Twitter’s new political index, Twindex is just another horse race data-barf for pundits to hyperventilate over.
Joe Brockmeier at ReadWriteWeb points out the glaring faults of the digital political world:
What you won’t find is any information about many things you might actually want to know, such as the aforementioned voting records. Also uniformly absent is a list of committees that the congressperson serves on, how bills actually become law, the lobbyists that they’ve met with, campaign donors, or anything that poses a danger of arming citizens with any real information that might lead to more intelligent voting. It’s as if our elected officials don’t want us to know what they’re doing in office.
An easy way to become nauseated is to take a quick glance at Senate.gov and read the HOW TO guide on congressional votes
Looking at votes through THOMAS is easy if you know the date the vote occurred or you know the vote or bill number, but there is no subject access to votes and the description of each vote is very brief. House vote charts are broken out by yeas, nays, and not voting, and include overall vote tallies and party breakdowns. The Senate vote charts are grouped by three categories: yeas, nays, and not voting; alphabetically by name; and by state. The Senate charts also provide overall tallies, but not party breakdowns.
Basically, there exists no readily available list of votes sorted by THE ACTUAL REPRESENTATIVES. To have these stats listed prominently on the websites of individual Representatives and Senators would be asking too much.
On Friday the group behind the most viral video of all time, KONY 2012, began phase two of their campaign: “Cover The Night.” Their goal is to have International war criminal, Joseph Kony arrested by the end of this year. Where the first phase involved spreading a visceral Youtube video, “Cover the Night” had activists plaster posters throughout their communities to raise awareness.
Since the video debuted, Congress passed resolutions condemning Joseph Kony’s brutality; President Obama sent 100 US military advisers to Uganda; and the African Union dispatched 5,000 soldier’s to bring Kony to justice. However, based on “Cover the Night’s” performance in Washington, DC, phase II of KONY2012 shows the impotence of digital activism.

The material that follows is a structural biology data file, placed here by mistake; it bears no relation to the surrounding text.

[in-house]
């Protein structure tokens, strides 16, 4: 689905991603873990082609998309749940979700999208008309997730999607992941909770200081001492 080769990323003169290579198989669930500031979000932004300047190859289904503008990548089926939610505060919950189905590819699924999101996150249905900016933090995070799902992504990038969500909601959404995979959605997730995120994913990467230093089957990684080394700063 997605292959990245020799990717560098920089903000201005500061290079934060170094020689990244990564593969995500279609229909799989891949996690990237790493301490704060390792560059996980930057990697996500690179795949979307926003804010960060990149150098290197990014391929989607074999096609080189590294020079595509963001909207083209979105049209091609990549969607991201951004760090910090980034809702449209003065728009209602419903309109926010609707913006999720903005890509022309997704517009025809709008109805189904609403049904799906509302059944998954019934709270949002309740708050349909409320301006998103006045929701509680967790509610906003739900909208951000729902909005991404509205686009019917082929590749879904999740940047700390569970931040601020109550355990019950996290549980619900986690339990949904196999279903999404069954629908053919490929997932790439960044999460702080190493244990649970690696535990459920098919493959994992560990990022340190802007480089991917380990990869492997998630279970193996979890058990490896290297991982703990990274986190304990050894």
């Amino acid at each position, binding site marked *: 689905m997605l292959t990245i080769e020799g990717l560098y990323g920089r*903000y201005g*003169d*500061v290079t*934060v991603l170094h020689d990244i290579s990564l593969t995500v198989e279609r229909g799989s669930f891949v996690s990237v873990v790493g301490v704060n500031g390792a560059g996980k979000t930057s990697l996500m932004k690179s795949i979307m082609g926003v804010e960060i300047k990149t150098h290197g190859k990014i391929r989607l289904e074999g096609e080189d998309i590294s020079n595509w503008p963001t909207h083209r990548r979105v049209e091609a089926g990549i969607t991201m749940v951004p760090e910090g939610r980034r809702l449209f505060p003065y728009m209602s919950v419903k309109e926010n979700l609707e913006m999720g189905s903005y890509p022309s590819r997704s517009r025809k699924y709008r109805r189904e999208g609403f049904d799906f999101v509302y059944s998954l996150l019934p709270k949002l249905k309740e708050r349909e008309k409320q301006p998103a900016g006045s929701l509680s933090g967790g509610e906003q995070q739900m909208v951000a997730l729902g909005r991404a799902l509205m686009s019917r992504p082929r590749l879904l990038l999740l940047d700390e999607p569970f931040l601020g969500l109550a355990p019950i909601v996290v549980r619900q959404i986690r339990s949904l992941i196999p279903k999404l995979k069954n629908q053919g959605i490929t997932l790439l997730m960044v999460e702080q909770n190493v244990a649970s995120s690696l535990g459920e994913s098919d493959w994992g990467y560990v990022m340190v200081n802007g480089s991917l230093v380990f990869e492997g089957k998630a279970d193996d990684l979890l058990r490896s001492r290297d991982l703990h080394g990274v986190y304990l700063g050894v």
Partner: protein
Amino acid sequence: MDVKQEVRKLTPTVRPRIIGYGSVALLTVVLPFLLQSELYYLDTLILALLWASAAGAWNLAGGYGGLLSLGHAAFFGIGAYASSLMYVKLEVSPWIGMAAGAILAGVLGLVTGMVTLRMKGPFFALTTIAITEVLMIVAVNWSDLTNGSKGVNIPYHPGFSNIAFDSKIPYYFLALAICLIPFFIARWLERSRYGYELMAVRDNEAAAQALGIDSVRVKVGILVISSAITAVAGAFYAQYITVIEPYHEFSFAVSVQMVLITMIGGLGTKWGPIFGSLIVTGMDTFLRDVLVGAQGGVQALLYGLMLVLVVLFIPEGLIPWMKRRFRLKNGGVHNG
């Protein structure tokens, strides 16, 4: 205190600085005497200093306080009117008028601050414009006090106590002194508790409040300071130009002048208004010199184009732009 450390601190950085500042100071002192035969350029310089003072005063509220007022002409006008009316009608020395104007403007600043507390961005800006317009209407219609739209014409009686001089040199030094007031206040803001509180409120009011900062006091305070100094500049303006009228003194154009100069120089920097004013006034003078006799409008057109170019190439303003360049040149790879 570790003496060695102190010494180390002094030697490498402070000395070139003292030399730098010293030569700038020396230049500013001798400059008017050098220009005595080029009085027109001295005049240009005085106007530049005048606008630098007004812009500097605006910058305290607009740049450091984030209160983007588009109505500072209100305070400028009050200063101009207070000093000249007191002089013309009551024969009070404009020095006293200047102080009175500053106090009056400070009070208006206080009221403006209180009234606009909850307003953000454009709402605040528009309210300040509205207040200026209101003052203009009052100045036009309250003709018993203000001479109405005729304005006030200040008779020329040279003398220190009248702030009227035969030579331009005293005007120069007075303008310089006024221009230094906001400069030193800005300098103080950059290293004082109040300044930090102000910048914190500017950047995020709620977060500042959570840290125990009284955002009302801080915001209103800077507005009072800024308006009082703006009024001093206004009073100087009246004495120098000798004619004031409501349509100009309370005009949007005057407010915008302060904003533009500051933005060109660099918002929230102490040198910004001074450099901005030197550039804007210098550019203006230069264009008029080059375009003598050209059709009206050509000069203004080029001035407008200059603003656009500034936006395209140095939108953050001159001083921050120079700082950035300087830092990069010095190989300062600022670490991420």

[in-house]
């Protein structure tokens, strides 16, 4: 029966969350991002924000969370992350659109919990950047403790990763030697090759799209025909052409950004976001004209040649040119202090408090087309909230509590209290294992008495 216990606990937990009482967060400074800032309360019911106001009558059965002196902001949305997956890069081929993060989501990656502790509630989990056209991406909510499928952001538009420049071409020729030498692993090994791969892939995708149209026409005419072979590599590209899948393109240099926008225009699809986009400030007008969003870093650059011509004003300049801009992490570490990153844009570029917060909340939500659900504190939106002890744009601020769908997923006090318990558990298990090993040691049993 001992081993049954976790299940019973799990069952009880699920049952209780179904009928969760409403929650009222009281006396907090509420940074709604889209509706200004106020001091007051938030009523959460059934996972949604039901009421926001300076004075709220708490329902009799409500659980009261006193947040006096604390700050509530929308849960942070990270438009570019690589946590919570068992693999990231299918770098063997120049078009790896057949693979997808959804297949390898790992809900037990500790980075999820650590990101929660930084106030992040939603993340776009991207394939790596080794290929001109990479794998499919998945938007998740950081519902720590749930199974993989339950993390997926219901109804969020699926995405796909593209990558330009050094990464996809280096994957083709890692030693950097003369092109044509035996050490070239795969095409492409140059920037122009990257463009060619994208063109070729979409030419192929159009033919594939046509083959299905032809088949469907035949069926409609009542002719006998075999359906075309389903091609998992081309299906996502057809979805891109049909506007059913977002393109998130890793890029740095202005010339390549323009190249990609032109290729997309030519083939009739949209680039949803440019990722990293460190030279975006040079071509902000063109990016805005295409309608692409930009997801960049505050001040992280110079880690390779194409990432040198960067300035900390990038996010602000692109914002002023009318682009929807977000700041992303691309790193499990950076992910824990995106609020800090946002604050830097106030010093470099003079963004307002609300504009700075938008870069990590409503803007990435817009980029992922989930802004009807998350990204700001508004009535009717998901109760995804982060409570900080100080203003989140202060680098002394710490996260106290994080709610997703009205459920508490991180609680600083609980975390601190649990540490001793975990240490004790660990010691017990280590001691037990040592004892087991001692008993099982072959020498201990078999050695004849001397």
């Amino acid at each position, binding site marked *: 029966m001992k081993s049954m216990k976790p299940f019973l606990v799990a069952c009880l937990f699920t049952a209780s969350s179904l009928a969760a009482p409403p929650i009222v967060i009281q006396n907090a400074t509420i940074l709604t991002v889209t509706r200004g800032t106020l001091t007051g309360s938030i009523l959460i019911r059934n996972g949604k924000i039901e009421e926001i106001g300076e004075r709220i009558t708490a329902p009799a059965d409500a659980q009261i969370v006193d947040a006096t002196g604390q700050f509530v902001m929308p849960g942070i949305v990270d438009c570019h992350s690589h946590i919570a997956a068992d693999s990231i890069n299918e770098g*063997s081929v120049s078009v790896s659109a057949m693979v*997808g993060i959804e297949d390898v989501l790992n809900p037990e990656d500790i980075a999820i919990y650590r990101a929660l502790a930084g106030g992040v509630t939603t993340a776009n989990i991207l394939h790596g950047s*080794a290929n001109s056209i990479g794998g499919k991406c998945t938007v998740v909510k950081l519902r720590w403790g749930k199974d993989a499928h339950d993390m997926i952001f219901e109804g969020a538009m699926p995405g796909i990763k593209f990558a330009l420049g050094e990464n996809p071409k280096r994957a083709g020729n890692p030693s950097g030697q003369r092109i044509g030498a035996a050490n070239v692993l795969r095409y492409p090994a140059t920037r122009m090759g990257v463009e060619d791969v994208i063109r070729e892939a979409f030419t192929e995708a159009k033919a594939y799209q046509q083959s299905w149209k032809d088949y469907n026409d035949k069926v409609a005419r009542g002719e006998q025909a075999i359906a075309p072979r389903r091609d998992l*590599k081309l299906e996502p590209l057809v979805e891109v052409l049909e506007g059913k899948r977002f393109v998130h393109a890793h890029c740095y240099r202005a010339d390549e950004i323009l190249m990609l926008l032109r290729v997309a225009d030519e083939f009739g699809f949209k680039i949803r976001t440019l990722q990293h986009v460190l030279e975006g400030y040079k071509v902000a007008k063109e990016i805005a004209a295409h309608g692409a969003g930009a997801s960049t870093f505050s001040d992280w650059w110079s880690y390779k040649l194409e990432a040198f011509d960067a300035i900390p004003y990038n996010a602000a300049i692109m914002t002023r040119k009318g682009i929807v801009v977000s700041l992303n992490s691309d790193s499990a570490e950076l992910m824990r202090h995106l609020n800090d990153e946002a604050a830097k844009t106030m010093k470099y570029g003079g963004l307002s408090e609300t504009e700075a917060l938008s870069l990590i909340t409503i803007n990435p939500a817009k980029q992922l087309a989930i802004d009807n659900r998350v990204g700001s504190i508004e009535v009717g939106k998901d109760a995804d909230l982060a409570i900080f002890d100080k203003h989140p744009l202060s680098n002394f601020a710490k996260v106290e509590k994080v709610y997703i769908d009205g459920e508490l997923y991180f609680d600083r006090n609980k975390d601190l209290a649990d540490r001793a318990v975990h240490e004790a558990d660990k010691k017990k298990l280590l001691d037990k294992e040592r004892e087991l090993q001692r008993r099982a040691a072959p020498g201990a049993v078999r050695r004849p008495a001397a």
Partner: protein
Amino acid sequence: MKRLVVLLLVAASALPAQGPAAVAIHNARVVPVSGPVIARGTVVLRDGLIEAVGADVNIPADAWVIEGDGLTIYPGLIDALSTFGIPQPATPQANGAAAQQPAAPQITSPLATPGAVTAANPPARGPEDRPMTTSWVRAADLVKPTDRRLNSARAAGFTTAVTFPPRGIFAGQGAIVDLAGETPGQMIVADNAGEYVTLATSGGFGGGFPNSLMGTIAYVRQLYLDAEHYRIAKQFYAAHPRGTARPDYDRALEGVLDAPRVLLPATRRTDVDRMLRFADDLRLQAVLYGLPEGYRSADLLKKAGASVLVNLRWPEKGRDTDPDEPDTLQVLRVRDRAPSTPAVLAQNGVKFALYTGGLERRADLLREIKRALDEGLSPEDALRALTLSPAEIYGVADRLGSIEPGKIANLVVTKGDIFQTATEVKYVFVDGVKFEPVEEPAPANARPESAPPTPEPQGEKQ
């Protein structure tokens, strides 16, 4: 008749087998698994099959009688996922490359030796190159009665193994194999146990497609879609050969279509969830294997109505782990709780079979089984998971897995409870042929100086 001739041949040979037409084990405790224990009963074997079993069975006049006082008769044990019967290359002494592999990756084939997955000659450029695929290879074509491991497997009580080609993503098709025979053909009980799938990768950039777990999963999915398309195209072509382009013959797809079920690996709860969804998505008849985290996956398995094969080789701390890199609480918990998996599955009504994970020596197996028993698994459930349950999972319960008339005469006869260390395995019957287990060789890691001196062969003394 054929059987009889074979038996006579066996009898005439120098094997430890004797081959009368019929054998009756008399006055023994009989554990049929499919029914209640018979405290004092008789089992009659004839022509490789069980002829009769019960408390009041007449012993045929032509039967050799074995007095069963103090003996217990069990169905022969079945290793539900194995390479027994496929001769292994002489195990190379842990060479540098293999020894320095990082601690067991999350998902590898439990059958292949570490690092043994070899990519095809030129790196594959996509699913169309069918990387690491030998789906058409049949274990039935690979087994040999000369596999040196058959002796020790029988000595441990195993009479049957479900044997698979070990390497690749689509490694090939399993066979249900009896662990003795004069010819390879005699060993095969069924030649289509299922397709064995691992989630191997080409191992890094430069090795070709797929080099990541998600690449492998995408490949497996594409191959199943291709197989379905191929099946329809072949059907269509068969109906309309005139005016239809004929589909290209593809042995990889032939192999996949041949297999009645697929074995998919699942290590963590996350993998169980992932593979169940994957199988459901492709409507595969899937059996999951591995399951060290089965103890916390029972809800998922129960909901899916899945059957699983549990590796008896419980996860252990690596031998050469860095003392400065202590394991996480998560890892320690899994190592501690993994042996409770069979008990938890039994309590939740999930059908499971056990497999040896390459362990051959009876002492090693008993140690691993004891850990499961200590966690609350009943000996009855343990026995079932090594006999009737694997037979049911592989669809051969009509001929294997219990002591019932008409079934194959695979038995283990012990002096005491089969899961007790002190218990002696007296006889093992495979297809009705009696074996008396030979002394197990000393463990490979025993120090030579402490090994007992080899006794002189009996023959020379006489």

While the social Web has proven useful for demonstrators in Russia, Iran, and North Africa, many have correctly noted that networks like facebook and twitter are merely protest tools. It’s easy for Internet users to “like” a social cause’s webpage or link to a provocative video, however the act of leaving the keyboard and physically participating is more difficult.
The idea behind “Cover The Night” was novel and ambitious. All across the country Americans would wake to find their cities covered in strange posters. Curious passersby would google Kony’s name and learn about his atrocities. By raising the public’s awareness, KONY2012 believed more politicians would be compelled to take military action against Kony’s militia, the Lord’s Resistance Army.
All KONY2012 asked of its advocates was a few hours on Friday night to hang fliers. But the digital enthusiasm did not seem to convert. On a two hour bike ride, from the National Mall to Shaw, this observer found just over 30 flyers. The heaviest concentration was in Foggy Bottom, but even there, the posters looked less like a coordinated effort and more like standard urban graffiti. Local Facebook and Twitter groups revealed hard work by DC advocates Friday night, but the overall outcome– the visibility of posters Saturday morning– was unimpressive.
But to say that KONY2012 was a complete failure is unfair. Their exists no map or geo-taglist of all the posters nor was the visual survey scientific or comprehensive. The takeaway of “Cover The Night” should instead be on the limits and potential of netroots activism. It’s clear that Washingtonians are interested in pressing political issues, but KONY2012 didn’t capture enough loyal support.